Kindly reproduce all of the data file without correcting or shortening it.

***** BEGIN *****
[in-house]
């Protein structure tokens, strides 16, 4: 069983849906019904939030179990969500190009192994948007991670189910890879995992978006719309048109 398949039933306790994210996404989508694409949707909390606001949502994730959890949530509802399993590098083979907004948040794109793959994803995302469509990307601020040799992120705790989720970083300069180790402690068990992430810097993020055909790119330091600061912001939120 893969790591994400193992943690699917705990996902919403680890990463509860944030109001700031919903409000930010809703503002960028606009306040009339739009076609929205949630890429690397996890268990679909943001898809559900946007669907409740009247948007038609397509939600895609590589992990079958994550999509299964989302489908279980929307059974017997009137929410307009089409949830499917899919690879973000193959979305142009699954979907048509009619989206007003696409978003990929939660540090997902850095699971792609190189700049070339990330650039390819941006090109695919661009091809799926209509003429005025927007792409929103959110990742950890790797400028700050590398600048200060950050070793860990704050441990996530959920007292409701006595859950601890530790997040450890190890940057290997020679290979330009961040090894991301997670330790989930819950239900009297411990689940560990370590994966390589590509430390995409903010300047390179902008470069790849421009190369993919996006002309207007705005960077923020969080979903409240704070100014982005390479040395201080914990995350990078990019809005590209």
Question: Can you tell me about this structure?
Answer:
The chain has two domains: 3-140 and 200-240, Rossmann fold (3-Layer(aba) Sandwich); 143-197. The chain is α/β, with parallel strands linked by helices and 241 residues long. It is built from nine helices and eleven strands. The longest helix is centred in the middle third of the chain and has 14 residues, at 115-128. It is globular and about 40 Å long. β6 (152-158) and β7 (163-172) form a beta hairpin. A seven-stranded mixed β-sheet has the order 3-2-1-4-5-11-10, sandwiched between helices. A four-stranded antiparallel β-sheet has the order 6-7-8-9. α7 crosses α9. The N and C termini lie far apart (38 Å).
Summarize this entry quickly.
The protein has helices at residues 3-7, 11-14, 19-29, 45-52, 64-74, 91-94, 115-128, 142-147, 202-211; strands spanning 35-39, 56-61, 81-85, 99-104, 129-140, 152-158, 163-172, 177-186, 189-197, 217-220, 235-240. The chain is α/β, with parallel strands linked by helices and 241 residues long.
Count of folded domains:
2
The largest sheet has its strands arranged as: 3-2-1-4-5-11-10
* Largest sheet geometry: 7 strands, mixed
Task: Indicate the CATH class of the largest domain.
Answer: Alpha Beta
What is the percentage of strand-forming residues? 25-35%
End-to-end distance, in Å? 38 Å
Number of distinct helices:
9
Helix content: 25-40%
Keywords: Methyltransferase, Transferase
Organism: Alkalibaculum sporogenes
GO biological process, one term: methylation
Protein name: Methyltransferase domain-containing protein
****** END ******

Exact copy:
[in-house]
């Protein structure tokens, strides 16, 4: 069983849906019904939030179990969500190009192994948007991670189910890879995992978006719309048109 398949039933306790994210996404989508694409949707909390606001949502994730959890949530509802399993590098083979907004948040794109793959994803995302469509990307601020040799992120705790989720970083300069180790402690068990992430810097993020055909790119330091600061912001939120 893969790591994400193992943690699917705990996902919403680890990463509860944030109001700031919903409000930010809703503002960028606009306040009339739009076609929205949630890429690397996890268990679909943001898809559900946007669907409740009247948007038609397509939600895609590589992990079958994550999509299964989302489908279980929307059974017997009137929410307009089409949830499917899919690879973000193959979305142009699954979907048509009619989206007003696409978003990929939660540090997902850095699971792609190189700049070339990330650039390819941006090109695919661009091809799926209509003429005025927007792409929103959110990742950890790797400028700050590398600048200060950050070793860990704050441990996530959920007292409701006595859950601890530790997040450890190890940057290997020679290979330009961040090894991301997670330790989930819950239900009297411990689940560990370590994966390589590509430390995409903010300047390179902008470069790849421009190369993919996006002309207007705005960077923020969080979903409240704070100014982005390479040395201080914990995350990078990019809005590209």
Question: Can you tell me about this structure?
Answer:
The chain has two domains: 3-140 and 200-240, Rossmann fold (3-Layer(aba) Sandwich); 143-197. The chain is α/β, with parallel strands linked by helices and 241 residues long. It is built from nine helices and eleven strands. The longest helix is centred in the middle third of the chain and has 14 residues, at 115-128. It is globular and about 40 Å long. β6 (152-158) and β7 (163-172) form a beta hairpin. A seven-stranded mixed β-sheet has the order 3-2-1-4-5-11-10, sandwiched between helices. A four-stranded antiparallel β-sheet has the order 6-7-8-9. α7 crosses α9. The N and C termini lie far apart (38 Å).
Summarize this entry quickly.
The protein has helices at residues 3-7, 11-14, 19-29, 45-52, 64-74, 91-94, 115-128, 142-147, 202-211; strands spanning 35-39, 56-61, 81-85, 99-104, 129-140, 152-158, 163-172, 177-186, 189-197, 217-220, 235-240. The chain is α/β, with parallel strands linked by helices and 241 residues long.
Count of folded domains:
2
The largest sheet has its strands arranged as: 3-2-1-4-5-11-10
* Largest sheet geometry: 7 strands, mixed
Task: Indicate the CATH class of the largest domain.
Answer: Alpha Beta
What is the percentage of strand-forming residues? 25-35%
End-to-end distance, in Å? 38 Å
Number of distinct helices:
9
Helix content: 25-40%
Keywords: Methyltransferase, Transferase
Organism: Alkalibaculum sporogenes
GO biological process, one term: methylation
Protein name: Methyltransferase domain-containing protein